Rotorua's Kane Radford showed he is on target to qualify for the London Olympics after clinching the New Zealand ocean swim series this morning on the back of a victory in the final leg at Takapuna Beach on Auckland's North Shore.
He did it the hard way. He overcame the largest field of elites in the season to win the 2.8km King of the Bays just one day after breaking Danyon Loader's long-standing 1500m freestyle national record at the New Zealand swimming championships.
"It was really good out there," he said. "I didn't feel too bad after the week that we've been through so I just wanted to get out there and try to control the race and see where we ended up.
"With these kinds of races, you never really know what's going to happen because it all happens in such a short space of time. It's great to be able to win this series back-to-back. To win the New Zealand ocean swim series is truly a title to be proud of so I'm absolutely stoked."
Radford spent most of the 2.8km race jostling with Australian Michael Sheil and Kiwis Phillip Ryan and Casey Glover but managed to sneak away to win in 32 minutes 39 seconds, despite an energetic sprint up the beach by the Aussie. Ryan finished third.
"It was definitely one of the closest races we have had this season," said Radford, who is preparing for June's Olympic open water qualifier in Portugal." I just really wanted to secure that win so I was happy just to sit right there in front of the rest, knowing that they would have to put on a big burst to be able to pass me.
"Preparations for Portugal are going really well at the moment. I've been doing my best times in the pool during the last week at the indoor championships so things couldn't be better."
Australian and former world champion Melissa Gorman secured the women's overall series in perfect conditions this morning with her third win from three attempts in New Zealand waters. She finished in a sprint up the beach to head off New Zealand champion Cara Baker and defending series champion Charlotte Webby in a time of 32 minutes 56 seconds.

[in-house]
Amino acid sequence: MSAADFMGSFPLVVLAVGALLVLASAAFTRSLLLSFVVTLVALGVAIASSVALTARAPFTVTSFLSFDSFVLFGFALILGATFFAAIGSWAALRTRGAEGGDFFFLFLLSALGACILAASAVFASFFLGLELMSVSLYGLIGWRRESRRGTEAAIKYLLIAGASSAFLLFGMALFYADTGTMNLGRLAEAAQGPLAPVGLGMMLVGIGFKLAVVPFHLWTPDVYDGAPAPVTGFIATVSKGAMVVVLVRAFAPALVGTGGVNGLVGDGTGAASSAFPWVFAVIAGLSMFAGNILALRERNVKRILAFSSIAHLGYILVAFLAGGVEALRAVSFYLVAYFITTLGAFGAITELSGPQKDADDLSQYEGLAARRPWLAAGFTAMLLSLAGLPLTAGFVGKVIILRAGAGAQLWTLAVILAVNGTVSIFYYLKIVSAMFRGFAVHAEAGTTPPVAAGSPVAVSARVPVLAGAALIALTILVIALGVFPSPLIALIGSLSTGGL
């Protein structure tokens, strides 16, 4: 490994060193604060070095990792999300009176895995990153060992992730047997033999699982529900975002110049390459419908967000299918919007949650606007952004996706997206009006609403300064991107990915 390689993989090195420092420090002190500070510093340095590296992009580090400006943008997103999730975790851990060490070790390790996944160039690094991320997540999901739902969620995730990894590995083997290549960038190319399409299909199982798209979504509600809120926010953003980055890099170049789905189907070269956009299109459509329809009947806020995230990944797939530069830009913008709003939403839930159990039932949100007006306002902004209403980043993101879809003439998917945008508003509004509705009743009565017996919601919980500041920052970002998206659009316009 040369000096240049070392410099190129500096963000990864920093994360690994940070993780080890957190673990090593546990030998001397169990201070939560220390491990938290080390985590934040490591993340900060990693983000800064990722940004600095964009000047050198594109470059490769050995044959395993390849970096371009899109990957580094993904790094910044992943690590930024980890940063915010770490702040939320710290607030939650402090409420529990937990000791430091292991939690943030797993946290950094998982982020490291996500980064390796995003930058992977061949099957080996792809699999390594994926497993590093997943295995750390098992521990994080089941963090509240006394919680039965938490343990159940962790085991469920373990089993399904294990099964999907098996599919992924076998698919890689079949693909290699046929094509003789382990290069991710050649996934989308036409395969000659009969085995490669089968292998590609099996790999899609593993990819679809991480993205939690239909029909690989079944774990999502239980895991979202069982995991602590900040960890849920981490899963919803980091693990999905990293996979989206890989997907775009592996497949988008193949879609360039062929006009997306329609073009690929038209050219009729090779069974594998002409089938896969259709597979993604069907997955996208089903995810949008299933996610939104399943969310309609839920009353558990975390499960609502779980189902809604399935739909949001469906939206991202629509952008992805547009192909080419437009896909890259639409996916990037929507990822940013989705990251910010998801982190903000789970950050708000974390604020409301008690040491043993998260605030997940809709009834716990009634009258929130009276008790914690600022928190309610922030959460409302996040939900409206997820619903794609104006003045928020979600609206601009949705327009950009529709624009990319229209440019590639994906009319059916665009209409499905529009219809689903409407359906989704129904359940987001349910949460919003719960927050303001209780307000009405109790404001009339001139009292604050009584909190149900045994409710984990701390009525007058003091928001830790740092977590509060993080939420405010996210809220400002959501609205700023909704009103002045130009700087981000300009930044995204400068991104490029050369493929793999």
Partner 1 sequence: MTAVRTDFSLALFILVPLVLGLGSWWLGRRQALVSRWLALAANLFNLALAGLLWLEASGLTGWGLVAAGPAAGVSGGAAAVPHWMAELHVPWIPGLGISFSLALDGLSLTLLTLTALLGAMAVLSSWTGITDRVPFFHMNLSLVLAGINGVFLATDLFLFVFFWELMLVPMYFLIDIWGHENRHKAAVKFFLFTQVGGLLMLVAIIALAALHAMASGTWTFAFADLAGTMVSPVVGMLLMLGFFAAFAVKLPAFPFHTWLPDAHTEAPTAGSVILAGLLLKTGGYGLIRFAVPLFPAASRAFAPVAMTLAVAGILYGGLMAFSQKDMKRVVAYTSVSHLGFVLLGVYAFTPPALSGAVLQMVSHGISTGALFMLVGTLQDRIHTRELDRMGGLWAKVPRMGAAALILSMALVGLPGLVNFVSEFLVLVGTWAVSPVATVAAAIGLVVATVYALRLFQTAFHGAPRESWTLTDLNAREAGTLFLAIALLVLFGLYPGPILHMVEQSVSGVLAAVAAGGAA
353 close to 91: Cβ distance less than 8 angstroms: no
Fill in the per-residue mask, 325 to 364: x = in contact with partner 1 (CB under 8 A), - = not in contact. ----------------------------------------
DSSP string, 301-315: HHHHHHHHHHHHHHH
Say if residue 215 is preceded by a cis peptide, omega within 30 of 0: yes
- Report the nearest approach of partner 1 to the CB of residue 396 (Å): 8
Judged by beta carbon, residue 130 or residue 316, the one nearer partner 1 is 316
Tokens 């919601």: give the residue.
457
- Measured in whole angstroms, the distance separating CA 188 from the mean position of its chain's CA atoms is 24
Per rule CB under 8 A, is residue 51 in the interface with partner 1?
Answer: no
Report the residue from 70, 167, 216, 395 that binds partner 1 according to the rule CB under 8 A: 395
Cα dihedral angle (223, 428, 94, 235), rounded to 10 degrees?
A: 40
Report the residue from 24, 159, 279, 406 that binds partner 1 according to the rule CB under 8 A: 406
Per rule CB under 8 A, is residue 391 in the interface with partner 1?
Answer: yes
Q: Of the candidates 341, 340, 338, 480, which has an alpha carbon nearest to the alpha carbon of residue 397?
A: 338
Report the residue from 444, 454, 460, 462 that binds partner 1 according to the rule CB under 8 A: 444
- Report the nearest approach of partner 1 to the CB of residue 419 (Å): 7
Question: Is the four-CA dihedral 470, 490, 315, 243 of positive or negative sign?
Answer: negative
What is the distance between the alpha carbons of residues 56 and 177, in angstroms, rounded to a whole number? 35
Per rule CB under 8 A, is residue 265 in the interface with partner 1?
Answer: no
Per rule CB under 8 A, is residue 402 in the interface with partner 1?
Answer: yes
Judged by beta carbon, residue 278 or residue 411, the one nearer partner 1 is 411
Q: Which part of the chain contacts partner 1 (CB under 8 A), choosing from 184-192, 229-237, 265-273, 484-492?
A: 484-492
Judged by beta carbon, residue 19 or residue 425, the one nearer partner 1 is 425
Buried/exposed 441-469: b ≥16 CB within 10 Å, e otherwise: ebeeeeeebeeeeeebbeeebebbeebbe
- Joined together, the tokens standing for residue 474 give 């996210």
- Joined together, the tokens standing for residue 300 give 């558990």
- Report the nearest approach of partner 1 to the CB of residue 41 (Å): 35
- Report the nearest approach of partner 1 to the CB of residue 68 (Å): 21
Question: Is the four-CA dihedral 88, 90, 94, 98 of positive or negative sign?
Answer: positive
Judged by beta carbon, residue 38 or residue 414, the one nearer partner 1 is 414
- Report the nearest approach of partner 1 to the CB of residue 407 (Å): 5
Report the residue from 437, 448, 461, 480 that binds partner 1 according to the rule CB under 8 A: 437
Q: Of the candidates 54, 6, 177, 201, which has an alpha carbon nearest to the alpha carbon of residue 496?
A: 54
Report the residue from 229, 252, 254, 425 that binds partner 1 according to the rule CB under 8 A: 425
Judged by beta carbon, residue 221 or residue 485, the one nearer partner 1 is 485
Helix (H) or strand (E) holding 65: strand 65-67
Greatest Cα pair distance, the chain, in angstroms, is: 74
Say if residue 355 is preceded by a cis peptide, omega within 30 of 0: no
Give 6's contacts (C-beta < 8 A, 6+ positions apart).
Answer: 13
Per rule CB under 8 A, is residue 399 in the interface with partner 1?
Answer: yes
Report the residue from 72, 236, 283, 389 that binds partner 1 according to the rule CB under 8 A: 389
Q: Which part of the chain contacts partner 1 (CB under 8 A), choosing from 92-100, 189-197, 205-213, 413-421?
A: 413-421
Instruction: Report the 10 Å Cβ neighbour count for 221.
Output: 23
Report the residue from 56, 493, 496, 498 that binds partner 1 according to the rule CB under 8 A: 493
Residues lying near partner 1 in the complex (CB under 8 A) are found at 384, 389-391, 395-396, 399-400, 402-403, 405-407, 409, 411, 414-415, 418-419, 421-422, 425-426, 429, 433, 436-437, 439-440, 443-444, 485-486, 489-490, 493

"It was a really nice swim out there today," said Gorman, who has already qualified for the London Olympics and was using the ocean swim series as part of her preparation. "It was probably the nicest conditions I've swam in since I've been in New Zealand.
"I think for me this is always one of the toughest times to be racing. We just had our national championships a couple of weeks ago and when you're getting back into hard training after that your body goes through a bit of a adaptation phase, which can make it very hard to come out and race."
Unlike in her previous two victories in the Bay of Islands and Wellington, the Australian did not have it all her own way this time as Baker pushed her hard to the end.
"It's great to come away with a win today because it was a really tough race with Cara. She was up with me the whole way so it was good to have someone to push me and I'm happy to come away with the win. I've really loved competing in the series this year and would love to come back next year, too."
The ninth annual King of the Bays hosted a record 1400 participants who competed across four different distance options designed to cater for all ages and abilities. They included long swims of 2.8km and 1000m, as well as a 300m race and a 200m kids' race.